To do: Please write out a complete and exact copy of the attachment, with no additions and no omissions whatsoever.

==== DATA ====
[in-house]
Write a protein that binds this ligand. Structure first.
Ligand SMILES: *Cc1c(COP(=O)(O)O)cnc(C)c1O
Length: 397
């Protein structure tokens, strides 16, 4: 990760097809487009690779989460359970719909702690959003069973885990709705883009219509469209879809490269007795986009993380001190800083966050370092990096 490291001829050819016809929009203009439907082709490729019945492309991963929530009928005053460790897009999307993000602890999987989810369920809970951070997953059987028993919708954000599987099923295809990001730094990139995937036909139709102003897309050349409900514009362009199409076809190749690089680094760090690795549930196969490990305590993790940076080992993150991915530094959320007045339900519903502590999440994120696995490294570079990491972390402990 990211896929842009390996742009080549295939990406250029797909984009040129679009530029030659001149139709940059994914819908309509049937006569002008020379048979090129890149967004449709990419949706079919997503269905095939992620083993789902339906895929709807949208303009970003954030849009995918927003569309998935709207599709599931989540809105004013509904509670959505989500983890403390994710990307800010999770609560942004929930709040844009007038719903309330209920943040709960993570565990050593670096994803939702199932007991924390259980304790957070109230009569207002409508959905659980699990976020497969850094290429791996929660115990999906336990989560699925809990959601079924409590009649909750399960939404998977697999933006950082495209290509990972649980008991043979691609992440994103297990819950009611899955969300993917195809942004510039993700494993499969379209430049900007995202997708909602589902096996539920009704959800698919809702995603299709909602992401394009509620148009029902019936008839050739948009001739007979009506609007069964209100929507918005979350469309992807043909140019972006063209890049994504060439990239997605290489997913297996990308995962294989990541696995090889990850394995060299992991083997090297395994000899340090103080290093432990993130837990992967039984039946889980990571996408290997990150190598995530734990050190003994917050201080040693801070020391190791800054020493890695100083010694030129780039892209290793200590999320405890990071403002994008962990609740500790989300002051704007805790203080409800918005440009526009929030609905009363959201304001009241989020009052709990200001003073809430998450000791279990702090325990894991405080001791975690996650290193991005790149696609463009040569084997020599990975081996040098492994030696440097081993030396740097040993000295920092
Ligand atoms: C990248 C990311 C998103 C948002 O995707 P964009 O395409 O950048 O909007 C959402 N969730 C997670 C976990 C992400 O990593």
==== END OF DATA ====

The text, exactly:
[in-house]
Write a protein that binds this ligand. Structure first.
Ligand SMILES: *Cc1c(COP(=O)(O)O)cnc(C)c1O
Length: 397
């Protein structure tokens, strides 16, 4: 990760097809487009690779989460359970719909702690959003069973885990709705883009219509469209879809490269007795986009993380001190800083966050370092990096 490291001829050819016809929009203009439907082709490729019945492309991963929530009928005053460790897009999307993000602890999987989810369920809970951070997953059987028993919708954000599987099923295809990001730094990139995937036909139709102003897309050349409900514009362009199409076809190749690089680094760090690795549930196969490990305590993790940076080992993150991915530094959320007045339900519903502590999440994120696995490294570079990491972390402990 990211896929842009390996742009080549295939990406250029797909984009040129679009530029030659001149139709940059994914819908309509049937006569002008020379048979090129890149967004449709990419949706079919997503269905095939992620083993789902339906895929709807949208303009970003954030849009995918927003569309998935709207599709599931989540809105004013509904509670959505989500983890403390994710990307800010999770609560942004929930709040844009007038719903309330209920943040709960993570565990050593670096994803939702199932007991924390259980304790957070109230009569207002409508959905659980699990976020497969850094290429791996929660115990999906336990989560699925809990959601079924409590009649909750399960939404998977697999933006950082495209290509990972649980008991043979691609992440994103297990819950009611899955969300993917195809942004510039993700494993499969379209430049900007995202997708909602589902096996539920009704959800698919809702995603299709909602992401394009509620148009029902019936008839050739948009001739007979009506609007069964209100929507918005979350469309992807043909140019972006063209890049994504060439990239997605290489997913297996990308995962294989990541696995090889990850394995060299992991083997090297395994000899340090103080290093432990993130837990992967039984039946889980990571996408290997990150190598995530734990050190003994917050201080040693801070020391190791800054020493890695100083010694030129780039892209290793200590999320405890990071403002994008962990609740500790989300002051704007805790203080409800918005440009526009929030609905009363959201304001009241989020009052709990200001003073809430998450000791279990702090325990894991405080001791975690996650290193991005790149696609463009040569084997020599990975081996040098492994030696440097081993030396740097040993000295920092
Ligand atoms: C990248 C990311 C998103 C948002 O995707 P964009 O395409 O950048 O909007 C959402 N969730 C997670 C976990 C992400 O990593």